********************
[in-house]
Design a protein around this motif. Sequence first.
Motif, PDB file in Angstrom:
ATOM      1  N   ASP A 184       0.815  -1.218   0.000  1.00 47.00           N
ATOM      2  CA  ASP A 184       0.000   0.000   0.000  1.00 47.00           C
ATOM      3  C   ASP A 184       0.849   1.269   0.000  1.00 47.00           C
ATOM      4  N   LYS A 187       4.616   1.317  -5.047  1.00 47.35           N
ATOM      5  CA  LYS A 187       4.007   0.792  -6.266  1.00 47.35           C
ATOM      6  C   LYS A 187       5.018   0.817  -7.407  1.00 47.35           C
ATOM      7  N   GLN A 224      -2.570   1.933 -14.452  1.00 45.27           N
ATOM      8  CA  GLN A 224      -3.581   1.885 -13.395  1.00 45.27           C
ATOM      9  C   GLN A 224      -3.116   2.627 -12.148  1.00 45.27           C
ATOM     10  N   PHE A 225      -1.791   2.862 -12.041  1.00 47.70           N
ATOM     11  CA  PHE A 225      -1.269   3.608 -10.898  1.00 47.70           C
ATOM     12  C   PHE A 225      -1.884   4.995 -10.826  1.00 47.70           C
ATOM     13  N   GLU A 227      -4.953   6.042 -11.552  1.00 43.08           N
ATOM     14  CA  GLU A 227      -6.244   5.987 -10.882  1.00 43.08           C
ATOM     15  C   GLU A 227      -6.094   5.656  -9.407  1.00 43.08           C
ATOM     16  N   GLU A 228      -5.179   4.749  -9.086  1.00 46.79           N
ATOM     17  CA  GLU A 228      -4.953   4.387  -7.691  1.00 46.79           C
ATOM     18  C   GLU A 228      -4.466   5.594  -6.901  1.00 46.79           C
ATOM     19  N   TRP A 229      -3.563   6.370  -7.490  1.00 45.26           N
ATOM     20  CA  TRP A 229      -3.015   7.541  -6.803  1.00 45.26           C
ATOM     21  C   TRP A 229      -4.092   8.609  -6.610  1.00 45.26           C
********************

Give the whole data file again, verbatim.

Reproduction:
[in-house]
Design a protein around this motif. Sequence first.
Motif, PDB file in Angstrom:
ATOM      1  N   ASP A 184       0.815  -1.218   0.000  1.00 47.00           N
ATOM      2  CA  ASP A 184       0.000   0.000   0.000  1.00 47.00           C
ATOM      3  C   ASP A 184       0.849   1.269   0.000  1.00 47.00           C
ATOM      4  N   LYS A 187       4.616   1.317  -5.047  1.00 47.35           N
ATOM      5  CA  LYS A 187       4.007   0.792  -6.266  1.00 47.35           C
ATOM      6  C   LYS A 187       5.018   0.817  -7.407  1.00 47.35           C
ATOM      7  N   GLN A 224      -2.570   1.933 -14.452  1.00 45.27           N
ATOM      8  CA  GLN A 224      -3.581   1.885 -13.395  1.00 45.27           C
ATOM      9  C   GLN A 224      -3.116   2.627 -12.148  1.00 45.27           C
ATOM     10  N   PHE A 225      -1.791   2.862 -12.041  1.00 47.70           N
ATOM     11  CA  PHE A 225      -1.269   3.608 -10.898  1.00 47.70           C
ATOM     12  C   PHE A 225      -1.884   4.995 -10.826  1.00 47.70           C
ATOM     13  N   GLU A 227      -4.953   6.042 -11.552  1.00 43.08           N
ATOM     14  CA  GLU A 227      -6.244   5.987 -10.882  1.00 43.08           C
ATOM     15  C   GLU A 227      -6.094   5.656  -9.407  1.00 43.08           C
ATOM     16  N   GLU A 228      -5.179   4.749  -9.086  1.00 46.79           N
ATOM     17  CA  GLU A 228      -4.953   4.387  -7.691  1.00 46.79           C
ATOM     18  C   GLU A 228      -4.466   5.594  -6.901  1.00 46.79           C
ATOM     19  N   TRP A 229      -3.563   6.370  -7.490  1.00 45.26           N
ATOM     20  CA  TRP A 229      -3.015   7.541  -6.803  1.00 45.26           C
ATOM     21  C   TRP A 229      -4.092   8.609  -6.610  1.00 45.26           C